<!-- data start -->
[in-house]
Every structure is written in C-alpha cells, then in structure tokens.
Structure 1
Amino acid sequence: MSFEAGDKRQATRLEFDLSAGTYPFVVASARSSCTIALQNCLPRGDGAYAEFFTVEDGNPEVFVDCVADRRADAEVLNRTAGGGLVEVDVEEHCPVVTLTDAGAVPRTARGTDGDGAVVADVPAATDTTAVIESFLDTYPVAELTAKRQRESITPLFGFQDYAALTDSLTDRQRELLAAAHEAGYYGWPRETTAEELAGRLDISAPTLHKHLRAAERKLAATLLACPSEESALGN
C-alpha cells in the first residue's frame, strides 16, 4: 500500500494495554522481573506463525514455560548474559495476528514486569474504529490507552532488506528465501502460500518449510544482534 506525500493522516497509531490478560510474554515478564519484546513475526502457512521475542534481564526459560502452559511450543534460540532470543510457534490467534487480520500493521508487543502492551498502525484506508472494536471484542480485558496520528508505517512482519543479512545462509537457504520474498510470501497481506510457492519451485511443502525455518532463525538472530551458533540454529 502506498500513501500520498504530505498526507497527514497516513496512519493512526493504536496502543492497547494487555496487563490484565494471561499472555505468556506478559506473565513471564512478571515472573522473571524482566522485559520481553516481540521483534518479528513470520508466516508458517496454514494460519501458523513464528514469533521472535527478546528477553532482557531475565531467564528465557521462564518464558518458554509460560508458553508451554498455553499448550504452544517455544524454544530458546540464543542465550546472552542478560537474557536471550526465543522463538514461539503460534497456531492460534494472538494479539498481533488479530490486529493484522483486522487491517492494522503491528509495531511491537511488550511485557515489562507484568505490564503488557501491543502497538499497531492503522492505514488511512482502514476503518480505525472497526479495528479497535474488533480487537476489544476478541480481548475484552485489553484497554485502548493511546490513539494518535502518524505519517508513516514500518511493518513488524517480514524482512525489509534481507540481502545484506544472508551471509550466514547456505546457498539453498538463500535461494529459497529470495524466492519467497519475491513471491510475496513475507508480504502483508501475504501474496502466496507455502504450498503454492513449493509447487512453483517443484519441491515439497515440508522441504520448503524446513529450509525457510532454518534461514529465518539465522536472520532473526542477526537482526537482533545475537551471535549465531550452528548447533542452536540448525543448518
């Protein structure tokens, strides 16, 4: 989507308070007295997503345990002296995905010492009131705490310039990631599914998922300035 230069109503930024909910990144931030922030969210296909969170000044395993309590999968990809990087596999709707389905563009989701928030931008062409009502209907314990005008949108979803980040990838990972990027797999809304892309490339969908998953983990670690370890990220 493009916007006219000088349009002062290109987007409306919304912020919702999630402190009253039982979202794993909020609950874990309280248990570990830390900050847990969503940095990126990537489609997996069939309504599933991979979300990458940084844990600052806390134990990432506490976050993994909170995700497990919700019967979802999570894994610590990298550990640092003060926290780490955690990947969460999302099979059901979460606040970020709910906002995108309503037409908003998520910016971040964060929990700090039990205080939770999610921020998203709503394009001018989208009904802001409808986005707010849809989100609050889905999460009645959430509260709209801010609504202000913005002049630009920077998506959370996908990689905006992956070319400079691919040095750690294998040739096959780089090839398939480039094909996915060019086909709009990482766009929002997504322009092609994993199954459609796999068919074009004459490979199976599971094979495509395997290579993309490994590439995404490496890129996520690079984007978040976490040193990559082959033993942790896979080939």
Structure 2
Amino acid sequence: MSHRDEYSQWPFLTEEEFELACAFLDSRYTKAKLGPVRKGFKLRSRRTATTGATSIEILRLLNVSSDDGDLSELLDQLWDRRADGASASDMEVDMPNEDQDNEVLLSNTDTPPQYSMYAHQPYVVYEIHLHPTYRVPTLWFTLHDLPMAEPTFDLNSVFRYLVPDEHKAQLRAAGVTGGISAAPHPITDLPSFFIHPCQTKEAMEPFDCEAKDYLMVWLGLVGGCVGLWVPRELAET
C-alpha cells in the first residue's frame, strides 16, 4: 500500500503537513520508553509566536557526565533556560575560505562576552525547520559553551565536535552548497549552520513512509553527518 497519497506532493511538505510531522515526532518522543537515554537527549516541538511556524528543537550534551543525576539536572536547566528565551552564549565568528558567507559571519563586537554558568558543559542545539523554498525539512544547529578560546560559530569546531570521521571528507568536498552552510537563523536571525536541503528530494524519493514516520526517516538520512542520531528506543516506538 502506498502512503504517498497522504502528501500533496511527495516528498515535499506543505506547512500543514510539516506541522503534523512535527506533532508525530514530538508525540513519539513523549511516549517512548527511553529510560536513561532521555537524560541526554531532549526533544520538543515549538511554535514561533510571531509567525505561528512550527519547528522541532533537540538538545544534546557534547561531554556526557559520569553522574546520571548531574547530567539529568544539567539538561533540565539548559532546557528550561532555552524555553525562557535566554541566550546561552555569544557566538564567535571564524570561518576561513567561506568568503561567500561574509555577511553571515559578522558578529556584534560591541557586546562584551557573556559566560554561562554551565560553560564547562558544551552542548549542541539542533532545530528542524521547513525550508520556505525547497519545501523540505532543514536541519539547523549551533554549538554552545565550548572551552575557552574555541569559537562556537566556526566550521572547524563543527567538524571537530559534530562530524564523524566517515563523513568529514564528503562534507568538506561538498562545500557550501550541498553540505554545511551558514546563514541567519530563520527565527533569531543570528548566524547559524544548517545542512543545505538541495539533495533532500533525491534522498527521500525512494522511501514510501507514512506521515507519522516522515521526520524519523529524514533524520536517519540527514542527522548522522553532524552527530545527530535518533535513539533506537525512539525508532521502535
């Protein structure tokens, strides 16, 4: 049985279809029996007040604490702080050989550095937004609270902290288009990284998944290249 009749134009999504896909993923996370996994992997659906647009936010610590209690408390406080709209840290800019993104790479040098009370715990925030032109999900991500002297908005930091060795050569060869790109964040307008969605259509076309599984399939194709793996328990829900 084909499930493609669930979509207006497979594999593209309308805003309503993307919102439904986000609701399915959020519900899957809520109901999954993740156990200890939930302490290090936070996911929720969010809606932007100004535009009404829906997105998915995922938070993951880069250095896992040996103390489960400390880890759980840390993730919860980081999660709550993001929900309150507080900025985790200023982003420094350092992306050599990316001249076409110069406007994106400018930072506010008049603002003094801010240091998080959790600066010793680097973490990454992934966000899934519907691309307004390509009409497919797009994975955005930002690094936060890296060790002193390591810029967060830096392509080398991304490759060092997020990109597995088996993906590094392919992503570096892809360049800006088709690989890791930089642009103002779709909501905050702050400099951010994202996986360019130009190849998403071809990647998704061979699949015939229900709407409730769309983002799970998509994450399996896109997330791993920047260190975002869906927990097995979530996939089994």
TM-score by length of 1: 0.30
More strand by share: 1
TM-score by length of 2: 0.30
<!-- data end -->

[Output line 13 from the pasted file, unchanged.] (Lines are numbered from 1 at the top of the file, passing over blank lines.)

TM-score by length of 2: 0.30